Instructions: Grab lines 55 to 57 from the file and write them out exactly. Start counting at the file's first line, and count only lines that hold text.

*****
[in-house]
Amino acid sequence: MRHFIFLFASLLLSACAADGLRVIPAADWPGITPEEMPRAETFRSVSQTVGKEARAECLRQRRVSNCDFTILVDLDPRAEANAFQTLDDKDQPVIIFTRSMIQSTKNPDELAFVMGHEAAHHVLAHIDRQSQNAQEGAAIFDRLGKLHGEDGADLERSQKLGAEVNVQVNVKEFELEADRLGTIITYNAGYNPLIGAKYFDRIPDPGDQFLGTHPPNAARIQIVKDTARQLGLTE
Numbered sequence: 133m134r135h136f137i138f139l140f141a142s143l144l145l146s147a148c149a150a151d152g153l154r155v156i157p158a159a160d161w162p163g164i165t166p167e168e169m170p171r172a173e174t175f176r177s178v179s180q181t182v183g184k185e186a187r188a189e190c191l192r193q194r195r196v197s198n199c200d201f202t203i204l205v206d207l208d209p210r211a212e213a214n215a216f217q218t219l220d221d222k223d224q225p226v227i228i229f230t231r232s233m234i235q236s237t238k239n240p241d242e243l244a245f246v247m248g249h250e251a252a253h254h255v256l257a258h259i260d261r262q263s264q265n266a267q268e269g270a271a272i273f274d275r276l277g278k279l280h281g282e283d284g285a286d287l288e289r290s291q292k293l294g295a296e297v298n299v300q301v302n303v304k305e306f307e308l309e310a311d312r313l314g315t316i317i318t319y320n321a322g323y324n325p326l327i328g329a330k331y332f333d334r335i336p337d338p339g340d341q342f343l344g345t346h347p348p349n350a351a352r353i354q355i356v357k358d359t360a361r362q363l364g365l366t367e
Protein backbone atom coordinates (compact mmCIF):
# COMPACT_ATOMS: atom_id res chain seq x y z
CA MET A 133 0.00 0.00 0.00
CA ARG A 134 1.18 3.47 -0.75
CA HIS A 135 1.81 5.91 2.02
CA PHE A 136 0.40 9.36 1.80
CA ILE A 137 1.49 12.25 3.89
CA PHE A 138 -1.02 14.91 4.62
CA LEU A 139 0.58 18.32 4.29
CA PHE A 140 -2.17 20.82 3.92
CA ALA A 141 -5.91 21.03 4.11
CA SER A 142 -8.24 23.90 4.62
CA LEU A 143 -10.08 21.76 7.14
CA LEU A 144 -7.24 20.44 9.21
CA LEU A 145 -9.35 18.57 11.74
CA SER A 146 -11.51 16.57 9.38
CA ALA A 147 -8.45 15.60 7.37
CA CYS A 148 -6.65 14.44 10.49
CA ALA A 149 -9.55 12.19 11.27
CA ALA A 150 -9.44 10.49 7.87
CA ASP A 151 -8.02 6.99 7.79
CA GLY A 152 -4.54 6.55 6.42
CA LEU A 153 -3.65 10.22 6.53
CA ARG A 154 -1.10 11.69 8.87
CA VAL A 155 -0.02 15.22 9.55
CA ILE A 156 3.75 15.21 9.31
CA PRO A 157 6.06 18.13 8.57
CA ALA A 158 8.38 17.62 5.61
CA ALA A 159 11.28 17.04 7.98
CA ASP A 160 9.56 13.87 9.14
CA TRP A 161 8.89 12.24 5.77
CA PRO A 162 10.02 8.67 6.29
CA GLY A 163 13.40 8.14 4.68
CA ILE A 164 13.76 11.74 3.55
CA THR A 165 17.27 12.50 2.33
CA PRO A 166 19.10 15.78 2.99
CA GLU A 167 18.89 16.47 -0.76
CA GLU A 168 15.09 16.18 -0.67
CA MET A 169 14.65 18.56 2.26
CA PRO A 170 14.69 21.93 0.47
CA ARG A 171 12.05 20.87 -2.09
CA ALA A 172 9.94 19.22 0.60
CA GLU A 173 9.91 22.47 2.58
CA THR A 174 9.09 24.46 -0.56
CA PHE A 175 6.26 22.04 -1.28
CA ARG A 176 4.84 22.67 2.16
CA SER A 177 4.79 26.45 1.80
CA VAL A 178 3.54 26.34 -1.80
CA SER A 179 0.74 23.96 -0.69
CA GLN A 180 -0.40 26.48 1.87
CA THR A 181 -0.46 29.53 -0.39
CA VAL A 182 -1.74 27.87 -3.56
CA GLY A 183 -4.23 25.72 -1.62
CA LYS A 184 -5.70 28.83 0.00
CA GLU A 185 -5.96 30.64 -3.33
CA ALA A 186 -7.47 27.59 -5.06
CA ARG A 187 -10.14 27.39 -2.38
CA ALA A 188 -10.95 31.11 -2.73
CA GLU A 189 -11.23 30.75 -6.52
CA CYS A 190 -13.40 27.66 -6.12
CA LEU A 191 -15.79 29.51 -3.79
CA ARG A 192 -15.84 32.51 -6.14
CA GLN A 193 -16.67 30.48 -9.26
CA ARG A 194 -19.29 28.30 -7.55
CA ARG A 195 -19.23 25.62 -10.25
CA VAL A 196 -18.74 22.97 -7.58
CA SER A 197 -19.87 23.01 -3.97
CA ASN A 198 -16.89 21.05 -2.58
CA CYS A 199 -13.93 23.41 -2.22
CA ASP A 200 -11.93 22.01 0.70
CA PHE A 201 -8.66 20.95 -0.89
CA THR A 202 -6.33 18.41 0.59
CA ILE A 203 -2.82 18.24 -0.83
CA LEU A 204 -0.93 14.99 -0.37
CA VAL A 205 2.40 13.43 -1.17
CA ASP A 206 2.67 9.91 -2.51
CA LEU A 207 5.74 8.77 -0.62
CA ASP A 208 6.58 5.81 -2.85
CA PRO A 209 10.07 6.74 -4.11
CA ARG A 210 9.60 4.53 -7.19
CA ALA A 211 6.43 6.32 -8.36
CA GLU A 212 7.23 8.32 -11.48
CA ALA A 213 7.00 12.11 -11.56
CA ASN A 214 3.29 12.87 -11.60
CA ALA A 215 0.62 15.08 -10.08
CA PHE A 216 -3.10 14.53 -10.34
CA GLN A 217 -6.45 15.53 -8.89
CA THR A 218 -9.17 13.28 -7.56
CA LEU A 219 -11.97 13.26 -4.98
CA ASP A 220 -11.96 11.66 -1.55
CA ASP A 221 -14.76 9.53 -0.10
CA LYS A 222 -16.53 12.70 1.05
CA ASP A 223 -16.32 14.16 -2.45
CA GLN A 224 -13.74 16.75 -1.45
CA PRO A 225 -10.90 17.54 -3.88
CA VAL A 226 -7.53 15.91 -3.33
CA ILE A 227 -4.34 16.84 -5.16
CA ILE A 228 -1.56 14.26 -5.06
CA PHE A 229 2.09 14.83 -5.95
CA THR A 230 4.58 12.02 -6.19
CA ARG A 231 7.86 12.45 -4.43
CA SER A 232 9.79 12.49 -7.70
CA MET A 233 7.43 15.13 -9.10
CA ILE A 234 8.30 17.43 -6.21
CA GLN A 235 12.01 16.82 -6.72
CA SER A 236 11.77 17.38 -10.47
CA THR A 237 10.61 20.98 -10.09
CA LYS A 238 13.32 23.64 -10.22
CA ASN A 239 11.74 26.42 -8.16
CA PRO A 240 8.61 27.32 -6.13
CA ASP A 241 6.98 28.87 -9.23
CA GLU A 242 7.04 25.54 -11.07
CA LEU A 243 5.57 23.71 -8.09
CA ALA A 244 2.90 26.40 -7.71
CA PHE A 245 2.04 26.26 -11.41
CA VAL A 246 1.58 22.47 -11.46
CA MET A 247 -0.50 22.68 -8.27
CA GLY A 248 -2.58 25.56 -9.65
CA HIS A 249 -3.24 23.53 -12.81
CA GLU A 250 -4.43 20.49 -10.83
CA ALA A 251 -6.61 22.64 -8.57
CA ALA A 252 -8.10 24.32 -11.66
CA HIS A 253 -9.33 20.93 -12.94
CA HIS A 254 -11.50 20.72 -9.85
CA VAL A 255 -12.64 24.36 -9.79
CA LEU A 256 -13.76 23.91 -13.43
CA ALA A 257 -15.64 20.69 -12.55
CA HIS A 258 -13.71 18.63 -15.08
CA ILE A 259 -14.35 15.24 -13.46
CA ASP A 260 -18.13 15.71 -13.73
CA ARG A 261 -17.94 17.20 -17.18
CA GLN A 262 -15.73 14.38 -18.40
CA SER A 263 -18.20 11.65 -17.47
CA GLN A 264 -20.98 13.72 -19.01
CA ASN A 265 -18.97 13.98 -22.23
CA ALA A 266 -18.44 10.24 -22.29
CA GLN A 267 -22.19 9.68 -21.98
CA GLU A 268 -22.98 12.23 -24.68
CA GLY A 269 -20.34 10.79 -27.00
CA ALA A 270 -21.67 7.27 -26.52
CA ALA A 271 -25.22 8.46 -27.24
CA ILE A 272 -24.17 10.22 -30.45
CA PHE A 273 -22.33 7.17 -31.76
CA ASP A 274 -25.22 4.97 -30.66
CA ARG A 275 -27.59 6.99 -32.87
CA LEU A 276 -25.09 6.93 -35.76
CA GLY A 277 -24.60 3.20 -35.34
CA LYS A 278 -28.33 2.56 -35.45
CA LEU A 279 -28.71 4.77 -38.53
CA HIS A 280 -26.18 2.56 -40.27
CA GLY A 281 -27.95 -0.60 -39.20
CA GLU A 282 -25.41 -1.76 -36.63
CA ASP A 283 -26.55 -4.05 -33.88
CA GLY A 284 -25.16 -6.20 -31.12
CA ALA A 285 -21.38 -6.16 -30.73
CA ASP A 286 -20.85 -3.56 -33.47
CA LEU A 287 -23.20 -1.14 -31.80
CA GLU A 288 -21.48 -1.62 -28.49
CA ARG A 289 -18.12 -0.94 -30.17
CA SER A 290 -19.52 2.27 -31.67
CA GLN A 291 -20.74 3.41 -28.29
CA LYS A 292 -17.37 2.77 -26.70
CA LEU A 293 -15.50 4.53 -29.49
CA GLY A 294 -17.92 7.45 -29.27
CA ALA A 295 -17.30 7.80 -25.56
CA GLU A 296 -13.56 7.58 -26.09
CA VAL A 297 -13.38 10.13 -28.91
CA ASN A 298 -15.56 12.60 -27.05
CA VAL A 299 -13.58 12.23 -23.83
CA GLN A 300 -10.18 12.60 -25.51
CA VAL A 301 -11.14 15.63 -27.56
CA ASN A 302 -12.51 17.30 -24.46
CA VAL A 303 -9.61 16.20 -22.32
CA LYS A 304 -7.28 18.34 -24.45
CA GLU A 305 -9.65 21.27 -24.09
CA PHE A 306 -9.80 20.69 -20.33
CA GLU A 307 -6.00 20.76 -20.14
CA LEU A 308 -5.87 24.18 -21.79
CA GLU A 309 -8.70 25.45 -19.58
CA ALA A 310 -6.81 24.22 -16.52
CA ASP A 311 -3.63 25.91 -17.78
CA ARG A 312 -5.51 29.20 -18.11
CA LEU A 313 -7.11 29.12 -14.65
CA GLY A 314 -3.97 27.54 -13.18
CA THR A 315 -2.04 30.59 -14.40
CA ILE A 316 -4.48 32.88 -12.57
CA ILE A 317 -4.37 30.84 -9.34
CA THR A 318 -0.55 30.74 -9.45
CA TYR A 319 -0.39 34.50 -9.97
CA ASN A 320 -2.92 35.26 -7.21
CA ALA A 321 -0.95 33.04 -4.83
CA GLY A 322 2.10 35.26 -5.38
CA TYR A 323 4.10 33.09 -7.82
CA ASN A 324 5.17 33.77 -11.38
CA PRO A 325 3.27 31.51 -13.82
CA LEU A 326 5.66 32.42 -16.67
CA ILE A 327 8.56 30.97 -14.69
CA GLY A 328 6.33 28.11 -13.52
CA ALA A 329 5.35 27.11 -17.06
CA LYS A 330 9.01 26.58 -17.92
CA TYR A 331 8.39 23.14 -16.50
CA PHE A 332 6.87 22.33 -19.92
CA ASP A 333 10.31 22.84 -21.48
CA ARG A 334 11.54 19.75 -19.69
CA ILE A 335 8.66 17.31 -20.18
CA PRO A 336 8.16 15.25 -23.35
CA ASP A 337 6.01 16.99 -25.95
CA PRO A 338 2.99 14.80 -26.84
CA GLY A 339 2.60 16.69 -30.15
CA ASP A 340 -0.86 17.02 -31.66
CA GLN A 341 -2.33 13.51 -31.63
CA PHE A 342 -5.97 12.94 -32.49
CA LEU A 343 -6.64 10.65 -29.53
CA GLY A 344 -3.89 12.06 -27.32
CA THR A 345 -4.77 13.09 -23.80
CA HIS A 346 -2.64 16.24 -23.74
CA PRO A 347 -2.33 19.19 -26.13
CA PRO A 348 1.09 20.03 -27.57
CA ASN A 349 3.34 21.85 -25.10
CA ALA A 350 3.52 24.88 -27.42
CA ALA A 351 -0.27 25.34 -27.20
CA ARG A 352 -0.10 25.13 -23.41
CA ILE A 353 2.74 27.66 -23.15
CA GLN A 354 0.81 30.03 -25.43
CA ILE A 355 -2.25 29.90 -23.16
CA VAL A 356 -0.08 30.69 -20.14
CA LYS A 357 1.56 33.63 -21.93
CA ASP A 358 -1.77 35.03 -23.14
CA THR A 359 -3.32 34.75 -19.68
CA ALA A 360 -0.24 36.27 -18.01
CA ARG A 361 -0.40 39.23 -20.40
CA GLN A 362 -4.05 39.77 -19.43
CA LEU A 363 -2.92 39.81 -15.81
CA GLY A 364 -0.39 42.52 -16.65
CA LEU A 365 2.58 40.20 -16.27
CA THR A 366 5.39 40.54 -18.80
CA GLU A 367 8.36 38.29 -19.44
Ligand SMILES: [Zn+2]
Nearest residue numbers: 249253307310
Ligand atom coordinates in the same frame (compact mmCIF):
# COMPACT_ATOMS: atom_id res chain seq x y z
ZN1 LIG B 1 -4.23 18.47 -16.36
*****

CA VAL A 182 -1.74 27.87 -3.56
CA GLY A 183 -4.23 25.72 -1.62
CA LYS A 184 -5.70 28.83 0.00